Originally posted by Leonidas Leonidas wrote:

The result was a helicopter that is yet to be operational and all the development costs and delays have made it at least as expensive as buying a bloody new one.
 
What about the Squirrel? LOL
 


Edited by Hellios - 09-Feb-2007 at 21:40
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Post Options Post Options   Thanks (0) Thanks(0)   Quote Leonidas Quote  Post ReplyReply Direct Link To This Post Posted: 09-Feb-2007 at 22:31
Originally posted by Hellios Hellios wrote:

What about the Squirrel? LOL 
 
hind sight is 20/20. Wink

helicopters of the RAN

S-70B-2 Seahawk (these don't have penguins, but the sea sprites will).


the 'super' Seasprite.


Edited by Hellios - 10-Feb-2007 at 06:53
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Post Options Post Options   Thanks (0) Thanks(0)   Quote Zaitsev Quote  Post ReplyReply Direct Link To This Post Posted: 09-Feb-2007 at 22:32
I'm sure we'll eventually get them fixed, but the government's idiocy is still costly and worrying.
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Post Options Post Options   Thanks (0) Thanks(0)   Quote Leonidas Quote  Post ReplyReply Direct Link To This Post Posted: 09-Feb-2007 at 22:49
i agree they were a mistake but with so much spent already its almost as silly to dump it right now. Me thinks we wont be so easily convinced on any proposal that zero times an old design for an upgrade.

 My reading of the government talk about this particular case, is that future contracts will be negotiated differently. that is with clear clauses and big penalties on the delivery failures and delays. next time that is.
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Post Options Post Options   Thanks (0) Thanks(0)   Quote Leonidas Quote  Post ReplyReply Direct Link To This Post Posted: 10-Feb-2007 at 04:09
The "Adeliade' class FFG (Guided Missile Frigate).

The RAN has six of these multi-purpose warships divided between its two main bases; Fleet Base East in Sydney and Fleet Base West in Perth.

These Adelaide Class frigates are based on the US Navy Oliver Hazard Perry design. The first four ships were built in the USA with subsequent modifications undertaken in Australia. The last two were constructed in Australia with all modifications incorporated. The last three ships are longer than the Oliver Perry class.

Each FFG ship is a long-range escort ship with roles including air defence, anti-submarine warfare, surveillance, interdiction and reconnaissance. The ship is capable of contering simultaneous threats from the air, surface and sub-surface.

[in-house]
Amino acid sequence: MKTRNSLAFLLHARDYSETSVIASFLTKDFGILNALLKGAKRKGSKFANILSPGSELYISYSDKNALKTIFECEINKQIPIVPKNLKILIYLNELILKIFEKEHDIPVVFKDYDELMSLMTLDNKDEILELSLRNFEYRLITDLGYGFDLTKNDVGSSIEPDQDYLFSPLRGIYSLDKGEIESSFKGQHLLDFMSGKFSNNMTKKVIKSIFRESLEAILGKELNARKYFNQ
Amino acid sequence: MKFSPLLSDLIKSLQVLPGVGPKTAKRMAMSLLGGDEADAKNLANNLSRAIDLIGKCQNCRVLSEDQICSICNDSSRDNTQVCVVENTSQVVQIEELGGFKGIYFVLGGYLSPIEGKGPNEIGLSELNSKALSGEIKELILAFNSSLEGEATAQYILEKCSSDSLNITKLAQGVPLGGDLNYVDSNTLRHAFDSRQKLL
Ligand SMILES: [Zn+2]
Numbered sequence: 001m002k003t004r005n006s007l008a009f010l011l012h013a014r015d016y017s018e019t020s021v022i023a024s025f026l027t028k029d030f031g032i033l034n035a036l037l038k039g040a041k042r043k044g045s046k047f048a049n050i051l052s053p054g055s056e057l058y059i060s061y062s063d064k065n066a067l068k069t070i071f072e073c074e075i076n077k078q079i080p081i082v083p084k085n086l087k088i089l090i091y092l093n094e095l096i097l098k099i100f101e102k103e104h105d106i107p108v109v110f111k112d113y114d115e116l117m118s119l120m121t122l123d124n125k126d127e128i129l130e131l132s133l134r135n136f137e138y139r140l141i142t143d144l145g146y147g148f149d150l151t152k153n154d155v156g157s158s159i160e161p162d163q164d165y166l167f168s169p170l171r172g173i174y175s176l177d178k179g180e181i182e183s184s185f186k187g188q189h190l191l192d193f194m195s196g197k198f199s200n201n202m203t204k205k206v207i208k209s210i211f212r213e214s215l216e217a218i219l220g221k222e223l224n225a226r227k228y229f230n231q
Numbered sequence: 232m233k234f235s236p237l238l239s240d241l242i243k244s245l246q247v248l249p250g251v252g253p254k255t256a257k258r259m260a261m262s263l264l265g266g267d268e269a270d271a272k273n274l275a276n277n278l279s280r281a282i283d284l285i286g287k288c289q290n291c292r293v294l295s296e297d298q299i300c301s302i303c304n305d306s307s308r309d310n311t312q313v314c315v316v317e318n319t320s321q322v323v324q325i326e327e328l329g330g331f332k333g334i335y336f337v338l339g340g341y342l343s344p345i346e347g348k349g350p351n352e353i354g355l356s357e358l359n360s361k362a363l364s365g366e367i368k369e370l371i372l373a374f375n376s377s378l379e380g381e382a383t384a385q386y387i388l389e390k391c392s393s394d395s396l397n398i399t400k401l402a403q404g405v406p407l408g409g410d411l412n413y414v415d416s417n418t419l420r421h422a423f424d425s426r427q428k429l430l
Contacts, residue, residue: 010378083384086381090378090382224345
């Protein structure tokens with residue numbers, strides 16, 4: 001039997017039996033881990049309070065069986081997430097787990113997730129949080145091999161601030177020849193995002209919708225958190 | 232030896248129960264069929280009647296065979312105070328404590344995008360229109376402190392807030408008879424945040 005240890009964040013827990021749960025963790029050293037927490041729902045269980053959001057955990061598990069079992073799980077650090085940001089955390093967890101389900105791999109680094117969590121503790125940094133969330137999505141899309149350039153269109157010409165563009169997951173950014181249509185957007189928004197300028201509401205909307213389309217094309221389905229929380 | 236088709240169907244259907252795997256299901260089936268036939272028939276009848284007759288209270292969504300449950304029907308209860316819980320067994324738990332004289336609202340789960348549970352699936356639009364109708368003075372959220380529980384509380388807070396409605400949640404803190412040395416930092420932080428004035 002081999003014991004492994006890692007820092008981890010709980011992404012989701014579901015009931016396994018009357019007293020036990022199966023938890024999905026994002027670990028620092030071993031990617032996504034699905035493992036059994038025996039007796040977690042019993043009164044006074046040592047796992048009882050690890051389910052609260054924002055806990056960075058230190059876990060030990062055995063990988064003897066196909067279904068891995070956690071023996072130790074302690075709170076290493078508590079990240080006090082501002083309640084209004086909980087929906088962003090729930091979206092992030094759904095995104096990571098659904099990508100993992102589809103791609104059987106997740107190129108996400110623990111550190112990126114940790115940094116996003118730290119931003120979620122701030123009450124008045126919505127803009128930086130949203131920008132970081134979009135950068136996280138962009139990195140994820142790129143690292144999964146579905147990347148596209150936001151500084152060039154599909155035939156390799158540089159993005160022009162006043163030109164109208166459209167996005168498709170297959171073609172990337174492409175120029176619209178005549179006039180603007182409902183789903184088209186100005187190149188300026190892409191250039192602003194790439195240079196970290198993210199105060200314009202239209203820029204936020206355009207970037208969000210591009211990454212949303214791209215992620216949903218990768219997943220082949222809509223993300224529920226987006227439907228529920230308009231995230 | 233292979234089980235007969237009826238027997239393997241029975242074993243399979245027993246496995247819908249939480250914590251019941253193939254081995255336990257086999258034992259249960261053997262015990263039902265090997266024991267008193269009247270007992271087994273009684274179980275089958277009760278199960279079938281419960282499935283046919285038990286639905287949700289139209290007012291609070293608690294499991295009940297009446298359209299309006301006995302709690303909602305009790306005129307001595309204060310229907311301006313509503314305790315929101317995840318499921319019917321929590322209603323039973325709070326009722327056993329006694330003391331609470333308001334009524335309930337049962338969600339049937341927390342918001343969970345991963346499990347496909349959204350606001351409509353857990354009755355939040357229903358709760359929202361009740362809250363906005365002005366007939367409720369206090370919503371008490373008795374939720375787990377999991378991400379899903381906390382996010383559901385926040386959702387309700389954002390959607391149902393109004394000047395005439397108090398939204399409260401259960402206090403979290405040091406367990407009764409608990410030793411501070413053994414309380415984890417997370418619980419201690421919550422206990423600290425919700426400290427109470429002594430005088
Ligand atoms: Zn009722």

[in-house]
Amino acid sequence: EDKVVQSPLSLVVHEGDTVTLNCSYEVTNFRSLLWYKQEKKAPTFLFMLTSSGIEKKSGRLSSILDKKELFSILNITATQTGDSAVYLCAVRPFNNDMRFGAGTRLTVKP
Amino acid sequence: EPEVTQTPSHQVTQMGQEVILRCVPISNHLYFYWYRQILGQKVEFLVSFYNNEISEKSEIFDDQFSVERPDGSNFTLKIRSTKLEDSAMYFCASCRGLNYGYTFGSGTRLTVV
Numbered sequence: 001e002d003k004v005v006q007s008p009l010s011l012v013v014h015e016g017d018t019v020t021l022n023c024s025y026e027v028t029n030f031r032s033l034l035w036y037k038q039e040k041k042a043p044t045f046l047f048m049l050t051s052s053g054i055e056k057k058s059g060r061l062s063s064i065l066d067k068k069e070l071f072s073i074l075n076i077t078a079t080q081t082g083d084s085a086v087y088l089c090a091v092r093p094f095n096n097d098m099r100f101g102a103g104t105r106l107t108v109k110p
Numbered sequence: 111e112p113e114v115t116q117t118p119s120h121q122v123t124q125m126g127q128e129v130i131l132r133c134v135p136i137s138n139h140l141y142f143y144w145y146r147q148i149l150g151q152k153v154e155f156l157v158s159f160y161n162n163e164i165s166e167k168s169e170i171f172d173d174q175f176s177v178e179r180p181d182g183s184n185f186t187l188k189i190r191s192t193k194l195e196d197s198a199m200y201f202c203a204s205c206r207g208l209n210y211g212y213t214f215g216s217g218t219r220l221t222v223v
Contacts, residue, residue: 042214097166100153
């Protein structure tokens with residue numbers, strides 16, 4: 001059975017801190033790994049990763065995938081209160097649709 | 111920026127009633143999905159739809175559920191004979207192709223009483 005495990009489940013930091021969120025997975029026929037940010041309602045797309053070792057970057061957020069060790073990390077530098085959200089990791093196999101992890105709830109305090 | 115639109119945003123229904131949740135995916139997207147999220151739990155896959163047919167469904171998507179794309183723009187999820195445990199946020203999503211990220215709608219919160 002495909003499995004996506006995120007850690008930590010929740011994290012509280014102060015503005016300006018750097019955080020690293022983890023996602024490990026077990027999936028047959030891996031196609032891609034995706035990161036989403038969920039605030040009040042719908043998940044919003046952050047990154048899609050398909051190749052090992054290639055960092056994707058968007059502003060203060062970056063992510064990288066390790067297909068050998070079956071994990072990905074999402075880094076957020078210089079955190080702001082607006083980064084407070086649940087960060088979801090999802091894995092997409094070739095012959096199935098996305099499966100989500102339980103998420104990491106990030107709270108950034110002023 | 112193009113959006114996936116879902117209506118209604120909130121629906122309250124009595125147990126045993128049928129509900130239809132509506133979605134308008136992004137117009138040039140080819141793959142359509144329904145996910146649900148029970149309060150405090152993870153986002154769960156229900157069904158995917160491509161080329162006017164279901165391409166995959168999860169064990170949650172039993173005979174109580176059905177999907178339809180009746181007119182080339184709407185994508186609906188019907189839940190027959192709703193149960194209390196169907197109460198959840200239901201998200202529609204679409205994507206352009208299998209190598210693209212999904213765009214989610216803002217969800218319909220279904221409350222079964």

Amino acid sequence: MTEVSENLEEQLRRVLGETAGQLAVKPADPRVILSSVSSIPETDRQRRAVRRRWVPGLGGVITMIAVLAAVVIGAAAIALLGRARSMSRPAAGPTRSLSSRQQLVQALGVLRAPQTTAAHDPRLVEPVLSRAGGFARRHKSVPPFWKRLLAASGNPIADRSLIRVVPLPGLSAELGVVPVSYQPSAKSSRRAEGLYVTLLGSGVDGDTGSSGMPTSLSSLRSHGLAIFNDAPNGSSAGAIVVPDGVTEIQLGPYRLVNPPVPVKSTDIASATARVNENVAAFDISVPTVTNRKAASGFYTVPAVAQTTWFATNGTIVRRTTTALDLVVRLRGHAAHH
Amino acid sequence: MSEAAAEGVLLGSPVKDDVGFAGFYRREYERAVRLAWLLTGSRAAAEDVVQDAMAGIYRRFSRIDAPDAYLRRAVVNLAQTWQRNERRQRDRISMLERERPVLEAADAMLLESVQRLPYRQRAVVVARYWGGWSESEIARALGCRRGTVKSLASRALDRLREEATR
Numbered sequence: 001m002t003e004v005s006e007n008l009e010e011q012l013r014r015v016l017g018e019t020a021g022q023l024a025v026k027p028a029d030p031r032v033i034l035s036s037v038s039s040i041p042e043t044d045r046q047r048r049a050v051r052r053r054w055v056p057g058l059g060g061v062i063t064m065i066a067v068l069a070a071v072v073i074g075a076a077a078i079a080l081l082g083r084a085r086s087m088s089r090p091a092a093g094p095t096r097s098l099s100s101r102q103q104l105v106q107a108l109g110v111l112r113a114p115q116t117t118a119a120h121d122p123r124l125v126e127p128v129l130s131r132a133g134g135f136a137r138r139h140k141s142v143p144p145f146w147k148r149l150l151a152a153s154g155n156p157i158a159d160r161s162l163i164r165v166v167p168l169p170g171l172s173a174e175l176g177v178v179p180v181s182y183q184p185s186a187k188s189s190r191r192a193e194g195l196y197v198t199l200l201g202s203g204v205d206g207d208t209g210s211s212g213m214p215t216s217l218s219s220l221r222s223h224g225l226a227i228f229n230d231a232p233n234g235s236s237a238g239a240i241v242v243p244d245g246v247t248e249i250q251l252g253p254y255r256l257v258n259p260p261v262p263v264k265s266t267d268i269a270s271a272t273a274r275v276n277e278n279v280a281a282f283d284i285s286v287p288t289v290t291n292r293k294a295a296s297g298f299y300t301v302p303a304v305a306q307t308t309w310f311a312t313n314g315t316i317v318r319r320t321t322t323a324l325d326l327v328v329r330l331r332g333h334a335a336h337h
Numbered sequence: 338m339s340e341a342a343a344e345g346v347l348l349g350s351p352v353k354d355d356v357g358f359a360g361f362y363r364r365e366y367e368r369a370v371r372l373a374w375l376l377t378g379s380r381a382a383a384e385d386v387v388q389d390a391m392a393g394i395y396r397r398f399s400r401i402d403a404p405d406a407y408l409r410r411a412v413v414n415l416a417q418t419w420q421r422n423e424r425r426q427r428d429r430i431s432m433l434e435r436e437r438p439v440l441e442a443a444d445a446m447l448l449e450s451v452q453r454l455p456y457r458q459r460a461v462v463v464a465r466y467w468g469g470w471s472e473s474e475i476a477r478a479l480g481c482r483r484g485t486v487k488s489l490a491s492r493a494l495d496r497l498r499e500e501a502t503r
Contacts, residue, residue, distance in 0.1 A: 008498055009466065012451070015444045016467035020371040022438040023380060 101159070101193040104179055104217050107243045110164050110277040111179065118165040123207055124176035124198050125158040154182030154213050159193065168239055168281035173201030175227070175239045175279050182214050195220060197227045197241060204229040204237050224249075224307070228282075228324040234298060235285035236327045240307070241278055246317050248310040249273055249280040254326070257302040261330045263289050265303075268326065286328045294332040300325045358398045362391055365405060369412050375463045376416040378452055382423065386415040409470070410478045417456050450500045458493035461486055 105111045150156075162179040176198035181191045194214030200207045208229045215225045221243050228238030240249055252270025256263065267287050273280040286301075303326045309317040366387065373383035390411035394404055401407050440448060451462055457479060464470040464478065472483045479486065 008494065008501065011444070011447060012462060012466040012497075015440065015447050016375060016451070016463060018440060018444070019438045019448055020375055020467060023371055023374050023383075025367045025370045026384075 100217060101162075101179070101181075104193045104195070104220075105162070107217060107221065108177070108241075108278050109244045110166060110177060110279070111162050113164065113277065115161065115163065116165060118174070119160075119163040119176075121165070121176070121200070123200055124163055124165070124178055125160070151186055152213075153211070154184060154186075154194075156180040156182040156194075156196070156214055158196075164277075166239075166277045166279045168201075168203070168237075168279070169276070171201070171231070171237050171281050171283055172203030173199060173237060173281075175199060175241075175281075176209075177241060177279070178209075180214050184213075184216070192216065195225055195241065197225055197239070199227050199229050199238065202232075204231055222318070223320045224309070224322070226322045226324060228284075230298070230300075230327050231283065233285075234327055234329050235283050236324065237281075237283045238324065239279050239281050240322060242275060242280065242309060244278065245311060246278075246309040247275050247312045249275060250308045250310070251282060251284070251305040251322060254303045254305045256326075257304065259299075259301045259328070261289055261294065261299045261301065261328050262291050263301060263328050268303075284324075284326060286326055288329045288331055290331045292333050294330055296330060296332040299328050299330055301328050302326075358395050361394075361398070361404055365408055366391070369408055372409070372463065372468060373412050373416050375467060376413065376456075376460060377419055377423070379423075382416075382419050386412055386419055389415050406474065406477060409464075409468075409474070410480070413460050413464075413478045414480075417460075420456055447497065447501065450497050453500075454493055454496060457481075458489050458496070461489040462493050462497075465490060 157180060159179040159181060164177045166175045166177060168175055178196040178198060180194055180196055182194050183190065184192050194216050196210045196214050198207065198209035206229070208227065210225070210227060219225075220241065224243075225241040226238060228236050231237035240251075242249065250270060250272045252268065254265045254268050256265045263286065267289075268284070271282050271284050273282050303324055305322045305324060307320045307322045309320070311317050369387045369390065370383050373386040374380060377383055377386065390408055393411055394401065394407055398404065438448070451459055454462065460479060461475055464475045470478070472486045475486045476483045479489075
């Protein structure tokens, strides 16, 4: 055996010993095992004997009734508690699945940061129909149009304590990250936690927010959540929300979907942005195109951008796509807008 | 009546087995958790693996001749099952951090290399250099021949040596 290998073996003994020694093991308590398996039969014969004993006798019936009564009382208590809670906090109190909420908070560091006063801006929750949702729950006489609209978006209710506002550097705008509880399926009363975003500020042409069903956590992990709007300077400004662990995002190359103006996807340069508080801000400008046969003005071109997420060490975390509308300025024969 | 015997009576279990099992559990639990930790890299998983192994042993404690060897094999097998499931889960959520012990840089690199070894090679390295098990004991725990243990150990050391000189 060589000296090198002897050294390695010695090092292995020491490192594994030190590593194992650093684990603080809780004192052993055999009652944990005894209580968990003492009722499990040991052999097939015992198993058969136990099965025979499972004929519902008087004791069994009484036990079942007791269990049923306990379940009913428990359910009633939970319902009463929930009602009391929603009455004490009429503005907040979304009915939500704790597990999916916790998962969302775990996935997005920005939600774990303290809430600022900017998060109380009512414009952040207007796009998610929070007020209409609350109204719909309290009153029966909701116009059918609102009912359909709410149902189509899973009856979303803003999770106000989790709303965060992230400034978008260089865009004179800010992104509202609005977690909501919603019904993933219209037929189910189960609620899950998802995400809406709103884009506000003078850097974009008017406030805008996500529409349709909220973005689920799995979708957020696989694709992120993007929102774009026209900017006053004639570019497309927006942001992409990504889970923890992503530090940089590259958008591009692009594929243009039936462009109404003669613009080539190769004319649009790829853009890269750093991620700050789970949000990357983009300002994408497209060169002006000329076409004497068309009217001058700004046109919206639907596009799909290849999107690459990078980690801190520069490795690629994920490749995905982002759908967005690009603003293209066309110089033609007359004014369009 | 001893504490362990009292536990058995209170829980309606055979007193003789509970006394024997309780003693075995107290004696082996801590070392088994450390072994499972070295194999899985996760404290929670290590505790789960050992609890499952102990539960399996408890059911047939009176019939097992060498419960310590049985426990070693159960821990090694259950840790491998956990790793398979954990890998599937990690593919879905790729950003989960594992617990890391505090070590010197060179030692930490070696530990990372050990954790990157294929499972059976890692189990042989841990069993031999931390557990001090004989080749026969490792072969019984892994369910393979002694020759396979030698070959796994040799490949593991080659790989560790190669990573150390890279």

Armament:
1 x 76mm/62 OTO Melara gun
1 x Mk13 launcher for Standard SM1 SAM and Harpoon SSM (40 rounds in total)
1 x Vulcan Phalanx CIWS
6 x 12.75" Mk32 torpedo tubes in triple mountings

Aircraft Facilities:
A hangar and flightdeck is fitted for two SH-2 helicopters.

List of ships:
HMAS Adelaide (FFG 01)
HMAS Canberra (FFG 02) - decommissioned
HMAS Sydney (FFG 03)
HMAS Darwin (FFG 04)
HMAS Melbourne (FFG 05)
HMAS Newcastle (FFG 06)
 
 
HMAS Melbourne (FFG 05):
 
The upgrade planned is for 4 out of the six frigates includes.
  • A Warfare Systems Support Centre (WSSC)
  • A cost-effective, low risk upgrade, by retaining and building upon the RAN's significant investment in FFG infrastructure and proven combat system software
  • Significantly improved air warfare combat system performance
  • Significantly improved anti ship missile defence (ASMD)
  • A fully integrated underwater warfare (UWW) suite

Key elements of the upgrade include:

  • Enhanced Command and Control capability, providing more effective integration of new and existing sensors and effectors.
  • Long-range surveillance, target indication and automatic detect and track functions are considerably upgraded, increasing low elevation performance and increased detection range.
  • The Mk 92 Mod 12 Fire Control System is being improved, providing greater lethality against very small sea-skimming missiles in even high clutter conditions.
  • New hull mounted sonars and the addition of passive towed array and helicopter sonobuoys serving a multi-layered approach to the detection and classification of torpedoes.
  • A compact on-board training system, integrated with the existing combat system will be provided, enabling continuation training both in port and at sea to maintain a higher level of FFG operational capability.
  • ability to fire the SM-s standard missile, Evolved sea sparrow

Source: RAN  Source2



Edited by Hellios - 10-Feb-2007 at 11:07
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Post Options Post Options   Thanks (0) Thanks(0)   Quote Balaam Quote  Post ReplyReply Direct Link To This Post Posted: 10-Feb-2007 at 08:46
Originally posted by Leonidas Leonidas wrote:

i agree they were a mistake but with so much spent already its almost as silly to dump it right now.
 
We could always sell them back to the Americans for more than what we payed for them Wink


Edited by Hellios - 10-Feb-2007 at 11:08